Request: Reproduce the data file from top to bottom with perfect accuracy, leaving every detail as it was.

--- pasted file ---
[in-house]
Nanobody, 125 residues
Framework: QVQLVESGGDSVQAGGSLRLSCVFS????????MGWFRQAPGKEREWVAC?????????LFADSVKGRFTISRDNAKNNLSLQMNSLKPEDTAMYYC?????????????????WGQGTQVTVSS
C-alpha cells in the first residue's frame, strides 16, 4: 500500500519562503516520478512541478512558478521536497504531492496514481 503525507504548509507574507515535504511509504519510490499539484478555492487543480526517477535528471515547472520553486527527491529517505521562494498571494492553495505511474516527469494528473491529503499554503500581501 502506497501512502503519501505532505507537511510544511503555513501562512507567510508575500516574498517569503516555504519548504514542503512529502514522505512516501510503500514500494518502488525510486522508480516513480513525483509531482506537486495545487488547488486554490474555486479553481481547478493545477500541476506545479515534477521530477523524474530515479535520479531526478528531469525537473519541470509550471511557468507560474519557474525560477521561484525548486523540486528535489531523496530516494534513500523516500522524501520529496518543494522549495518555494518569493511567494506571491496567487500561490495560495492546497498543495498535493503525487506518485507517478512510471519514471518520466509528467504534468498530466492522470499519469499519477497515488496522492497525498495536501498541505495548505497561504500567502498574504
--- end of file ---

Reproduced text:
[in-house]
Nanobody, 125 residues
Framework: QVQLVESGGDSVQAGGSLRLSCVFS????????MGWFRQAPGKEREWVAC?????????LFADSVKGRFTISRDNAKNNLSLQMNSLKPEDTAMYYC?????????????????WGQGTQVTVSS
C-alpha cells in the first residue's frame, strides 16, 4: 500500500519562503516520478512541478512558478521536497504531492496514481 503525507504548509507574507515535504511509504519510490499539484478555492487543480526517477535528471515547472520553486527527491529517505521562494498571494492553495505511474516527469494528473491529503499554503500581501 502506497501512502503519501505532505507537511510544511503555513501562512507567510508575500516574498517569503516555504519548504514542503512529502514522505512516501510503500514500494518502488525510486522508480516513480513525483509531482506537486495545487488547488486554490474555486479553481481547478493545477500541476506545479515534477521530477523524474530515479535520479531526478528531469525537473519541470509550471511557468507560474519557474525560477521561484525548486523540486528535489531523496530516494534513500523516500522524501520529496518543494522549495518555494518569493511567494506571491496567487500561490495560495492546497498543495498535493503525487506518485507517478512510471519514471518520466509528467504534468498530466492522470499519469499519477497515488496522492497525498495536501498541505495548505497561504500567502498574504